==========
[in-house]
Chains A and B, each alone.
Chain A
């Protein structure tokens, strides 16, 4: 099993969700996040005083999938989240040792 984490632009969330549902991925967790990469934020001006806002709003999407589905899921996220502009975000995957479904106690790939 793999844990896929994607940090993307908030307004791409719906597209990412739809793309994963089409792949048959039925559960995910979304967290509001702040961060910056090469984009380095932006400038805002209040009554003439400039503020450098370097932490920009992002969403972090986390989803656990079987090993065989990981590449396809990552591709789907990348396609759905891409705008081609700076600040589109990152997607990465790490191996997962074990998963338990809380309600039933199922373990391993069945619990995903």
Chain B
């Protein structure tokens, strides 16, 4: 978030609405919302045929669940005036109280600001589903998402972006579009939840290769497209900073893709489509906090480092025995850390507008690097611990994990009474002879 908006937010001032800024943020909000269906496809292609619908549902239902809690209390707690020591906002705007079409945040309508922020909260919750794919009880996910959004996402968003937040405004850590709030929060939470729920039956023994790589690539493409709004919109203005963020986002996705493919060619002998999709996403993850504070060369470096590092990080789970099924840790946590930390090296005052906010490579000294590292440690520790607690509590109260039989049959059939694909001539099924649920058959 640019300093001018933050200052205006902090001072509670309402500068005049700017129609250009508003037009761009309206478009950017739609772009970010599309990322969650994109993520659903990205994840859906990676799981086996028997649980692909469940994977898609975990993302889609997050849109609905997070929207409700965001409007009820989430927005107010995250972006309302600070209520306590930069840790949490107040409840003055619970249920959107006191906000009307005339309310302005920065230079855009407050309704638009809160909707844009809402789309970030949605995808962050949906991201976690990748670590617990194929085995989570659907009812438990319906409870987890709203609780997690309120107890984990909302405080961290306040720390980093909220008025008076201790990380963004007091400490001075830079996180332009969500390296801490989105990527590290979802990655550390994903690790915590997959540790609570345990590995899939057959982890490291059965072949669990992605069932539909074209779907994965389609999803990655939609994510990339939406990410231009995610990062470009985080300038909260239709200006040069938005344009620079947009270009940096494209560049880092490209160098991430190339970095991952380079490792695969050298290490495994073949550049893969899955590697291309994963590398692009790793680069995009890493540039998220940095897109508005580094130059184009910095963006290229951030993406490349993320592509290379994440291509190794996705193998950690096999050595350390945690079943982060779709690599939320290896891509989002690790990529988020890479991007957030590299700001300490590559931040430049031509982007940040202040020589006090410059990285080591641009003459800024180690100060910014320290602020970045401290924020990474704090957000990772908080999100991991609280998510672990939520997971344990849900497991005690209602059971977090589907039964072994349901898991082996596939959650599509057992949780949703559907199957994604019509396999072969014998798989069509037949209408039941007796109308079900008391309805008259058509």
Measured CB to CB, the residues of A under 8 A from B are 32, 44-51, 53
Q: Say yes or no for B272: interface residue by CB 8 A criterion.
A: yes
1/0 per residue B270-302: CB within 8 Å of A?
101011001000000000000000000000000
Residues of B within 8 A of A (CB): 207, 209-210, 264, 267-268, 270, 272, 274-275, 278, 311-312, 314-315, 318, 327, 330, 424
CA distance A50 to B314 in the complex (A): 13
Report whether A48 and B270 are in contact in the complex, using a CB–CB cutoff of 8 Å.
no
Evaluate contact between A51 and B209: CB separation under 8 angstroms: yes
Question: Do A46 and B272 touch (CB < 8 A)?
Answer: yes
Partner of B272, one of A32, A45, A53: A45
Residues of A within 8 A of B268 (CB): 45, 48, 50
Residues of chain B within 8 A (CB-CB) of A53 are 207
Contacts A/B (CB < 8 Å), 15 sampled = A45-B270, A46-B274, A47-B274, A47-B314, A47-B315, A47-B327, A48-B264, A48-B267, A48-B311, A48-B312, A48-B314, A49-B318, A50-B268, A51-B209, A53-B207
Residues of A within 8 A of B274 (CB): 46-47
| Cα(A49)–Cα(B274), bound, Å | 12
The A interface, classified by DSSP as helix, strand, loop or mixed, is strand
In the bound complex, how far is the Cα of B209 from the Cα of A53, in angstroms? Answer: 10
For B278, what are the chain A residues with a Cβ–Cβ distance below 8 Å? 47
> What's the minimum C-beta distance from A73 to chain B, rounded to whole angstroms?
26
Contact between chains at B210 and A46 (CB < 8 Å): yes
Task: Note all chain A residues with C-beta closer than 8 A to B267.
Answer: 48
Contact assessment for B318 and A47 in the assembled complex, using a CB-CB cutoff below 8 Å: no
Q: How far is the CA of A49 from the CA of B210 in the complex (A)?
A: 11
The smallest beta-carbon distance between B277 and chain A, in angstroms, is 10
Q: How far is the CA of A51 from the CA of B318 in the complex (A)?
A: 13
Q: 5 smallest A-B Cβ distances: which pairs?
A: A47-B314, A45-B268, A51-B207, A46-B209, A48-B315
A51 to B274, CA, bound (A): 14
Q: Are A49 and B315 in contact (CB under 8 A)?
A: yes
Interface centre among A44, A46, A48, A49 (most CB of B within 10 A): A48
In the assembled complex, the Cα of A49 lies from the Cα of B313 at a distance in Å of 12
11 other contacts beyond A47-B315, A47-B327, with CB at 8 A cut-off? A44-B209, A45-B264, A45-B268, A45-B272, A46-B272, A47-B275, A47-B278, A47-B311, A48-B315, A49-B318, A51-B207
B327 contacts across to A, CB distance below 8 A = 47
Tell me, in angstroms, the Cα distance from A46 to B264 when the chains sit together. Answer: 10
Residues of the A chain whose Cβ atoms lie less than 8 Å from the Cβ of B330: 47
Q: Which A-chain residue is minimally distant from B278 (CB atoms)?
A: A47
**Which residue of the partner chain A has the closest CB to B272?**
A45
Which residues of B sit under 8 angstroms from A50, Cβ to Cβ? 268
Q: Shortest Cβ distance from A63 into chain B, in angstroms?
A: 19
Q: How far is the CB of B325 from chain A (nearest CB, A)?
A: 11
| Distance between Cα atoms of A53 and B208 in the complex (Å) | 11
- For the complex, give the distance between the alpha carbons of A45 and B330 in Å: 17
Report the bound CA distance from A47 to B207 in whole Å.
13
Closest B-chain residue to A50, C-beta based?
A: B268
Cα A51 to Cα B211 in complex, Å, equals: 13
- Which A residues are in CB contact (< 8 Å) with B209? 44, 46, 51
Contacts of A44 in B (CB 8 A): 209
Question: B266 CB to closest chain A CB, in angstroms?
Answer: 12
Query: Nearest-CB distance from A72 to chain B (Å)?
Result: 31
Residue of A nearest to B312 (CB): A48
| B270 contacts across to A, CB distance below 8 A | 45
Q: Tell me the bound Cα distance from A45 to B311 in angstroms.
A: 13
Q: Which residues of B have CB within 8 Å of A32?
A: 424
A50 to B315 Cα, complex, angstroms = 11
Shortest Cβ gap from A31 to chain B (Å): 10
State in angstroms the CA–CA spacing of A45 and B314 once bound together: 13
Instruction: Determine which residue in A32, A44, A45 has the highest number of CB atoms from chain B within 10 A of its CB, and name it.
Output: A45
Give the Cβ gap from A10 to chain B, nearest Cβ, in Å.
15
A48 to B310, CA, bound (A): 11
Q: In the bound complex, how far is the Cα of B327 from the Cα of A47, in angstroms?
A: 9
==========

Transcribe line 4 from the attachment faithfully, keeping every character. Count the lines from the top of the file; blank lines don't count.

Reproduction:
């Protein structure tokens, strides 16, 4: 099993969700996040005083999938989240040792 984490632009969330549902991925967790990469934020001006806002709003999407589905899921996220502009975000995957479904106690790939 793999844990896929994607940090993307908030307004791409719906597209990412739809793309994963089409792949048959039925559960995910979304967290509001702040961060910056090469984009380095932006400038805002209040009554003439400039503020450098370097932490920009992002969403972090986390989803656990079987090993065989990981590449396809990552591709789907990348396609759905891409705008081609700076600040589109990152997607990465790490191996997962074990998963338990809380309600039933199922373990391993069945619990995903």